FIGS. 9A and 9B illustrate a normal WRITE-request buffer 902, such as the input queue 826 of the second mass-storage device in FIG. 8C, and a bit-map buffer 906, such as the bit map 846 in FIG. 8C. Initially, a controller may buffer WRITE requests in a time-ordered WRITE-request buffer, illustrated in FIG. 9A. In the time-ordered WRITE-request buffer 902, WRITE requests are stored in their sequence order. Unfortunately, the amount of data that can be stored within the time-ordered WRITE-request buffer 902 is limited, and each WRITE request, such as WRITE request 904, must be stored in its entirety. The advantage of using a time-ordered WRITE-request buffer is that, upon resumption of dequeing and execution of WRITE requests from the WRITE-request buffer, WRITE requests can be straightforwardly extracted from the sequence-ordered WRITE-request buffer and applied to physical data-storage devices.
If a missing WRITE request is not retransmitted and successfully received by the second mass-storage device, the controller of the mass-storage device may detect a timer expiration related to the missing WRITE request, and purge WRITE requests in the input buffer 826 into the bit map 846. In a WRITE-request bit-map buffer, each of the data storage units within the remote-mirror LUN is represented within the WRITE-request bit-map buffer as a single bit. When the bit is set, the bit map indicates that that a WRITE request has been received since the controller stopped dequeing and executing WRITE requests from the input buffer 826. Generally, either tracks or cylinders are employed as the logical data storage unit to represent with a single bit within the bit map, in order to keep the bit map reasonably sized.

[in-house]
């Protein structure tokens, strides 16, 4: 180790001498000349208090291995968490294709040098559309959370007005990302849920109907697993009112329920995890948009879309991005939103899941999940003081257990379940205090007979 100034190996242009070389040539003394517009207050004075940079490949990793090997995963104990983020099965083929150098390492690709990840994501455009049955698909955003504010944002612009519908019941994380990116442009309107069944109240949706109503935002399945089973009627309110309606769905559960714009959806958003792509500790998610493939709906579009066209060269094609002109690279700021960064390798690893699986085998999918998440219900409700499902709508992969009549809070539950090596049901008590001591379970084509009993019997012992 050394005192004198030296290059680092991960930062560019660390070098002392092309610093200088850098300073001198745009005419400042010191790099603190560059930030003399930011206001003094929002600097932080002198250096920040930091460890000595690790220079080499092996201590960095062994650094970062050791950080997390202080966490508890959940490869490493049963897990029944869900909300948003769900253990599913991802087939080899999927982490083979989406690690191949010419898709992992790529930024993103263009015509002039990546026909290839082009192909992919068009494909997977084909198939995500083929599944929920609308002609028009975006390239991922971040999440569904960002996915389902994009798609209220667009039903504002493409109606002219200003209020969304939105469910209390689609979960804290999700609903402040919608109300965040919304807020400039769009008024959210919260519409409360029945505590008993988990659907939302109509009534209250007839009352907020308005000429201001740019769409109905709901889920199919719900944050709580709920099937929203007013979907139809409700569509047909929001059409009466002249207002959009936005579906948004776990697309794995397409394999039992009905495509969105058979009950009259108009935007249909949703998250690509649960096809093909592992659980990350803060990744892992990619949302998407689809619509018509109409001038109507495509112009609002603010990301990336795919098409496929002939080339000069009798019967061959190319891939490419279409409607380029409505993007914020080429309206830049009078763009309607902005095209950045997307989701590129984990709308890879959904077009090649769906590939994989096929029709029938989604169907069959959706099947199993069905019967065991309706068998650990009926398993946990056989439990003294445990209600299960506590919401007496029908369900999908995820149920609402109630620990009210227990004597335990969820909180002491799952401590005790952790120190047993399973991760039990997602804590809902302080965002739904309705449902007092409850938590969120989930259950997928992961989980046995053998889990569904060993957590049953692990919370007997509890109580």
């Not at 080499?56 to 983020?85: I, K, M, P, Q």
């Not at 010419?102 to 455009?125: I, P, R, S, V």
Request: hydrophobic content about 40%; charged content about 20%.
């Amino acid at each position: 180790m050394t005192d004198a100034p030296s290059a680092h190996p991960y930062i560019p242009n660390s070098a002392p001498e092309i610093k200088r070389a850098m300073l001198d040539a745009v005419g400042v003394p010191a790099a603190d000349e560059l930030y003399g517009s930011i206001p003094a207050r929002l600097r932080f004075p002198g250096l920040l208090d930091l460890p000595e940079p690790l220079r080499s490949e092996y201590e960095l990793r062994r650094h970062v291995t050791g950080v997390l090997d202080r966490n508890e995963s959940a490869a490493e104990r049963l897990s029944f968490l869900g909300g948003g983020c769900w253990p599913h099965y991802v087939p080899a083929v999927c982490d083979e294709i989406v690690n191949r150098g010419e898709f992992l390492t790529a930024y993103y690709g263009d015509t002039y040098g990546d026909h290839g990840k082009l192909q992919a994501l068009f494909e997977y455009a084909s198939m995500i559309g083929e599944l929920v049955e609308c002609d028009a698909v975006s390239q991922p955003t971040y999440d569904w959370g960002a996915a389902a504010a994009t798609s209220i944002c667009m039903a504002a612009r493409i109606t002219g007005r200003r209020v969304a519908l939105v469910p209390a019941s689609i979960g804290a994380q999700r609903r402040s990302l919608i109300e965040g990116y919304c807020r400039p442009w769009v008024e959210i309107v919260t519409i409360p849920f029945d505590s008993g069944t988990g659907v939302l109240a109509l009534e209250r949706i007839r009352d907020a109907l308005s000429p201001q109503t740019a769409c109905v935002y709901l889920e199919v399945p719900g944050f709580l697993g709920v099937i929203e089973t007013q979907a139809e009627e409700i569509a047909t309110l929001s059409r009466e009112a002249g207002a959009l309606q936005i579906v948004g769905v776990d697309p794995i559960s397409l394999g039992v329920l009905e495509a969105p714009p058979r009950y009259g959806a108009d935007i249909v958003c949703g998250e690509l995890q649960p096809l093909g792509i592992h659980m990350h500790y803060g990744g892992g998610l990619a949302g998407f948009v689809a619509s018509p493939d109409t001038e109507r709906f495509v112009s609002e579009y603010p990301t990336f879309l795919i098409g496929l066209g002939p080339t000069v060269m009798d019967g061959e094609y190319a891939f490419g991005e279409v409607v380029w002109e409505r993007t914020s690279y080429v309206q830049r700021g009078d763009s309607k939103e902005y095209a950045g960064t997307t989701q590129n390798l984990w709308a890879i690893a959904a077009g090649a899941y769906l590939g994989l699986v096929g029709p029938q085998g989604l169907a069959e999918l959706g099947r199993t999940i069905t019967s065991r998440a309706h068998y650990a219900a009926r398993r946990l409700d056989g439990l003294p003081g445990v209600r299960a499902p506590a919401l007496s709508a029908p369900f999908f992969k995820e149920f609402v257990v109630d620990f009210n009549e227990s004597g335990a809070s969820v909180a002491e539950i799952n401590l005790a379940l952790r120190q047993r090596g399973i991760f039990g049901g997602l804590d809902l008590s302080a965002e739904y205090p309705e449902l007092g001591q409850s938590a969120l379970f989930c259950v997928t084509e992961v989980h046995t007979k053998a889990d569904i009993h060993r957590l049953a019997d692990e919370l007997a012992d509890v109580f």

The WRITE-request bit-map buffer 906 is far more compact than a sequence-ordered WRITE-request buffer. Rather than storing the entire WRITE-request, including the data to be written, the WRITE-request bit-map buffer needs to maintain only a single bit for each track or cylinder to indicate whether or not a WRITE request directed to the track or cylinder has been received. Unfortunately, the WRITE-request bit-map buffer does not maintain any WRITE-request sequence information. Thus, once communications is resynchronized between the mass-storage devices, the bit map can only be used to request retransmission of data initially transmitted in WRITE requests that were purged from cache memory or received by the second mass-storage device after the purge.